The strong odor of hog manure greeted the 60 people arriving Monday night for a meeting at the Raccoon Valley Bank in Dallas Center. The stench seemed fitting because the meeting, called by the Dallas County Farmers and Neighbors (DCFN) and the Iowa Citizens for Community Improvement (ICCI), focused on the five new concentrated animal feeding operations (CAFOs) now under construction in Dallas County.
The freshly dunged fields around the bank were probably fertilized from the CAFO cesspits of Robert Manning, described as “the county’s most notorious confiner” by Stacy Hartmann of rural Minburn, one of the meeting’s DCFN organizers. Manning is in the process of nearly doubling the number of hogs in his Dallas County CAFOs, with three new confinements rising near Dallas Center, one near Granger and one in Lincoln Township west of the Washington Township School.
Manning’s CAFOs will feed hogs owned by the integrator Iowa Select, the state’s largest hog corporation, which is angling to build 19 new swine confinements statewide. The CAFOs combined will add about 90,000 more hogs to the state’s annual production, along with about 36.7 million gallons of manure.
“That’s enough manure to fill 55 Olympic-size swimming pools every year,” said Jess Mazour of ICCI. “This fight is heating up. Just last week Franklin County recommended the DNR deny one of the 19 Iowa Select factory farms, and Humboldt County is set to do the same, and Iowa Select had a manure spill this weekend. These factory farms are bad news for Iowa.”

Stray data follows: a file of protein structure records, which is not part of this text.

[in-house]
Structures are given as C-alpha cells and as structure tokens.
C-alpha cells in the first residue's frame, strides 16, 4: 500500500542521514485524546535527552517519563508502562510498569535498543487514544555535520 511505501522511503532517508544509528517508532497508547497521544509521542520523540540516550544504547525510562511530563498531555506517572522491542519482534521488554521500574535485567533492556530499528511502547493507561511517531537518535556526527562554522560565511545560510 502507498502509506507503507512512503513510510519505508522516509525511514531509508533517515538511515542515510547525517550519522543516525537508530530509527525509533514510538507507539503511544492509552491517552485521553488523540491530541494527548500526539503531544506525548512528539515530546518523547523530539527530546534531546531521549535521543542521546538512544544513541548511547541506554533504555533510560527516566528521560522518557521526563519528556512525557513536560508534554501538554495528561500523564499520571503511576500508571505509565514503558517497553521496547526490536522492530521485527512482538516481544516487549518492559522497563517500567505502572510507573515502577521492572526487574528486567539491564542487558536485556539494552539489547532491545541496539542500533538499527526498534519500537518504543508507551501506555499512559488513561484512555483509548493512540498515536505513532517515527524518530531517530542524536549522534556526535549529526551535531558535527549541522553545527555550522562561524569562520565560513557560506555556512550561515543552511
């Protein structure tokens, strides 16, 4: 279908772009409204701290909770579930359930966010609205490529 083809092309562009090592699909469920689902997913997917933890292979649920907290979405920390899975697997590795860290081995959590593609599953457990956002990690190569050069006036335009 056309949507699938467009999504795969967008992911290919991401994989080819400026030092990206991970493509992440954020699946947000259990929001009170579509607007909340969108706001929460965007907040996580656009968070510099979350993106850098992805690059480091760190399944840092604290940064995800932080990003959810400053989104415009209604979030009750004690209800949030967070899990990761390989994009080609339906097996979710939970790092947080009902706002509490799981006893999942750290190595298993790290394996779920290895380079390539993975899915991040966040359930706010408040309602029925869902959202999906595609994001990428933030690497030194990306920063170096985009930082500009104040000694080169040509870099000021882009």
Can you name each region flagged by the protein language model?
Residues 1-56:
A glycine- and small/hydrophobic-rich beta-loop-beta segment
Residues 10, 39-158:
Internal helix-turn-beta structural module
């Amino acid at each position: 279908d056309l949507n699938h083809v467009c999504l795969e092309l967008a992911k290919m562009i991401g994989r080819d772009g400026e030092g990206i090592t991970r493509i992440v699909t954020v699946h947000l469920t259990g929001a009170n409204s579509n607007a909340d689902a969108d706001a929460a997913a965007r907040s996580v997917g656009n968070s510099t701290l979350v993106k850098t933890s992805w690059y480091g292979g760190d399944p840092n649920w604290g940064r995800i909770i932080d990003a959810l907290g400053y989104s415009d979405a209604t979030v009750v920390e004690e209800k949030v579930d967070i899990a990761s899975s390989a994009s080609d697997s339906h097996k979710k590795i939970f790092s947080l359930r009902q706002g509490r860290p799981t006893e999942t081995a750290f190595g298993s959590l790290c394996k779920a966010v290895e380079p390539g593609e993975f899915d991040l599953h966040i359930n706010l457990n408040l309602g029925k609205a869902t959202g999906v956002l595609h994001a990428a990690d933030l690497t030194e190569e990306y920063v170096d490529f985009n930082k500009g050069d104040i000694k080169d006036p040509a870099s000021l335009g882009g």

Sam Dings told the crowd he knows just had bad the news is. Dings bought the house at 28210 240th St. at the beginning of July and now finds himself the nearest neighbor to Kent Pork LLC, a new Manning CAFO on S Avenue one mile east of Dallas Center.
“We just moved in two months ago,” Dings said. “Then all of a sudden we have all these cement trucks driving by. There were more than a hundred of them. I didn’t know what they were doing.”
Cement is used to line the manure cesspit underneath the confinement building.
Another Manning CAFO lies one mile south of Dallas Center on 260th Street, with the Brenton Arboretum lying 1.5 miles west. Each of the new Manning CAFOs will house 2,490 hogs, just 10 head below the number of hogs that would trigger the regulatory need for both a master matrix score and a review by county boards of supervisors, with the likelihood of a public meeting.
Iowa Department of Natural Resources (DNR) regulations vary according to the size of a CAFO. All structures need construction permits, but a confinement housing 1,249 hogs or fewer does not require a DNR-approved manure management plan. CAFOs with 2,499 hogs or fewer do need a manure plan but not a master matrix score.
Mark Gritman of rural Dawson pointed out that the 1,600 people of Dallas Center will be surrounded by 7,500 hogs. One hundred percent of the human waste produced by the people of Dallas Center is treated in the city’s wastewater treatment plant, but 0 percent of the hog waste is treated. It is instead removed from the cesspits and spread directly, untreated, onto crop ground.
“If we had the waste of 1,600 people in Iowa not being treated, that would be a national crisis, right?” Gritman said. “Why is there the difference?”
Many small towns in Iowa currently face steep costs for upgrading their wastewater treatment systems to meet new DNR discharge standards. None are considering spreading untreated human waste onto farm fields.
Eric Wessels of rural Dallas Center, one of the meeting’s organizers, has lived downwind of a Manning CAFO for several years. Wessels is a Dallas County Soil and Water Conservation District commissioner and a member of DCFN.
“We need to be able to find a way to talk to our legislators,” Wessels said. “We need to be able to find a way to get them to understand that this is a local issue, and local people should be able to decide what’s going on.”